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What you need to know about Gotu Kola

WHERE DOES COME FROM?

Gotu Kola aka Centella Asiatica or Asian Penny is indigenous (naturalised) to South Africa, Madagascar, Sri Lanka, and the South Pacific. as well as to parts of India Asia. It is also found in Australia, southern U.S.A, and South America. All parts of the Gotu Kola plant are edible and possess medicinal qualities, including the root, bark, stem, flower, and fruit, with the leaves being most commonly used in healing.

Historically, Gotu Kola has also been used to treat syphilis, hepatitis, stomach ulcers, mental fatigue, epilepsy, diarrhoea, fever, and asthma. Today Gotu Kola is most often used to treat varicose veins and chronic venous insufficiency, a condition where blood pools in the legs. It is also used in ointments to treat psoriasis and help heal minor wounds.

Gotu Kola is anti-inflammatory, antiviral, antibacterial, insecticidal, and antifungal — all beneficial properties for the health of your skin.  These properties make topical application useful for minor wound healing, burns, psoriasis, stretch marks, scars, cellulite, and scleroderma.

 

Benefits of Gotu Kola

Wound healing and skin lesions

Gotu Kola has been applied to the skin, or used topically, for minor burns, psoriasis, preventing scars after surgery, and preventing or reducing stretch marks.

Another benefit that Gotu Kola is most known for is its ability to improve blood circulation. This speeds up the skin’s healing process (goodbye, pimple scars and blemishes!) and makes it effective in treating varicose veins, broken capillaries, and stubborn cellulite. This also helps hair loss problems as better circulation means improved delivery of nutrients and oxygen to the scalp. Because of its potent health and skin care properties, gotu kola is often featured as a key ingredient in serums, eye creams and beauty oils.

Hair Benefits

Gotu Kola thought to increase hair length and stimulate hair growth, possibly by increasing blood circulation to the scalp. Gotu Kola can be used several ways for hair such as a tea, a powder, and even an oil. It acts as a fortifying agent that nourishes the hair follicles and scalp and priming it for a healthy hair growth.  It helps in improving blood circulation, allowing the proper flow of oxygen and nutrients to the scalp.  With such potent components we should not be surprised this herb is used for hair loss. Sometimes hair loss is a result of malnourished cells or hair follicles, and Gotu Kola plays a hefty role in strengthening the hair follicles due to nourishment of the scalp through the strengthening of the blood vessels.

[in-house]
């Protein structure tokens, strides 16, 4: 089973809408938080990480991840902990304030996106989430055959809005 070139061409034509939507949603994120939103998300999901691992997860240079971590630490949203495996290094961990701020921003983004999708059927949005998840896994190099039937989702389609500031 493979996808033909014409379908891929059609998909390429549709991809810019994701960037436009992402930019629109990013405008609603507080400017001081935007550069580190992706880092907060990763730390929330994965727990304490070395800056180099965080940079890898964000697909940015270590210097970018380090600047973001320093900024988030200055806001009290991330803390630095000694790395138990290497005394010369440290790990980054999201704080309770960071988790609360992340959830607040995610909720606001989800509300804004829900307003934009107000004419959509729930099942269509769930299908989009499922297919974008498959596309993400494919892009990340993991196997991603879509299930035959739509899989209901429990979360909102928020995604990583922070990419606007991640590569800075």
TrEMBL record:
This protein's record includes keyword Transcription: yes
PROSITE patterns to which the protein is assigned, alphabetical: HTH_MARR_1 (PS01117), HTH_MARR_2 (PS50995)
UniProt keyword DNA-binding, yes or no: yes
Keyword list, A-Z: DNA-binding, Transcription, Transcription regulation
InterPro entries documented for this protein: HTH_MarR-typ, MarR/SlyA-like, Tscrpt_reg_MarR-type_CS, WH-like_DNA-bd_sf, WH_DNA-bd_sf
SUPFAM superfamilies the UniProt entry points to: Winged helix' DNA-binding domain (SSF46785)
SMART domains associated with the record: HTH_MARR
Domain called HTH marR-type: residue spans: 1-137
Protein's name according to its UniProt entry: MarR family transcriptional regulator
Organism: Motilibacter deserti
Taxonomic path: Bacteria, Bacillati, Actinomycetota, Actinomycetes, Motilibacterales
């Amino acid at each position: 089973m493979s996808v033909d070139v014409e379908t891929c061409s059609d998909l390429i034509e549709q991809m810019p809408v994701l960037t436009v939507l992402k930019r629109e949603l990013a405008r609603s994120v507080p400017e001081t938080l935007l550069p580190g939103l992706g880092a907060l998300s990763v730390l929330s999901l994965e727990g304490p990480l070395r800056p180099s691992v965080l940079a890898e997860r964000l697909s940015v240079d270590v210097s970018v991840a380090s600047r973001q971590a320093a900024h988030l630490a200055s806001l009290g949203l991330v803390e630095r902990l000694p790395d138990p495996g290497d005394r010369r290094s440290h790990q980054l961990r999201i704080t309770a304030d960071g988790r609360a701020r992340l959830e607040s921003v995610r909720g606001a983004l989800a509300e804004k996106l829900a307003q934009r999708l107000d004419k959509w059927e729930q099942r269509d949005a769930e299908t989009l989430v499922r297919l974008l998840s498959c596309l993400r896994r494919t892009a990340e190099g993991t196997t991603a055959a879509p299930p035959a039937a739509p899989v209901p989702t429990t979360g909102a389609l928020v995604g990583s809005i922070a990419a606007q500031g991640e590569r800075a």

It can be used as:

  • An oil in scalp massages
  • As a tea but to get even better results drink the tea and use the oil as a scalp massage.
  • The powder can be used in a hair mask by combining aloe vera gel with the powder and mix into a paste. Not only will this be a great hair mask for hair loss, but it is also a soothing and scalp irritant deterrent.

Gotu Kola increases blood flow

Gotu Kola is well regarded for its ability to improve circulation. Gotu Kola is beneficial for those who travel regularly, a clinical study found that people who took Gotu Kola before flying had less ankle and leg swelling than those who did not take it.

 

Gotu Kola Alleviates stress, anxiety, and depression

 

By bringing brain chemicals into balance, Gotu Kola can help alleviate stress, anxiety, and depression. Gotu Kola increases levels of the feel-good neurotransmitters serotonin, dopamine, and norepinephrine, and reduces levels of the stress hormone cortisol. Additionally, Gotu Kola protects the brain from inflammation. Chronic inflammation of the brain is now thought to be an underlying cause of depression. In human studies, Gotu Kola increased calmness, contentedness, and alertness and reduced symptoms of anxiety and depression.

 

Gotu Kola helps you sleep

Getting adequate sleep is one of the best things you can do for your brain. Gotu kola has been used as a natural sleep aid for thousands of years. Traditionally, gotu kola tea is sweetened with a little honey as an Ayurvedic remedy for insomnia.

 

How to use Gotu Kola

  • Dried herb: You can make a tea of the dried leaf, 3 times daily.
  • Powdered herb: available in capsules
  • Tincture (1:2 w/v, 30% alcohol): 30 to 60 drops (equivalent to 1.5 to 3 mL, there are 5 mL in a tsp.), 3 times daily.

 

IT IS BEST NOT TO USE GOTU KOLA FOR MORE THAN 6 WEEKS WITHOUT TALKING TO YOUR DOCTOR. YOU MAY NEED TO TAKE A 2-WEEK BREAK BEFORE TAKING THE HERB AGAIN.

 

INTERACTIONS:

  • Drugs that affect the liver: Gotu Kola contains things that may hurt a person’s liver and taking it along with some other medications that also can harm the liver may cause liver damage.

 

  • Cholesterol-lowering drugs (including statins): In animal studies, Gotu Kola raised cholesterol levels. It may also raise cholesterol levels in humans, although no studies have been done.

 

  • Diabetes medications: In animal studies, Gotu Kola seems to increase blood sugar levels. People with diabetes should not take Gotu Kola without first talking to their doctor.

 

You can buy our Al Khemist range of herbs, spices, roots, and powders at our store Tree of Eternal Life, 124A West Green Road, Tottenham N15 5AA +44 208 800 3114 or on our website www.treeofeternallife.co.uk.

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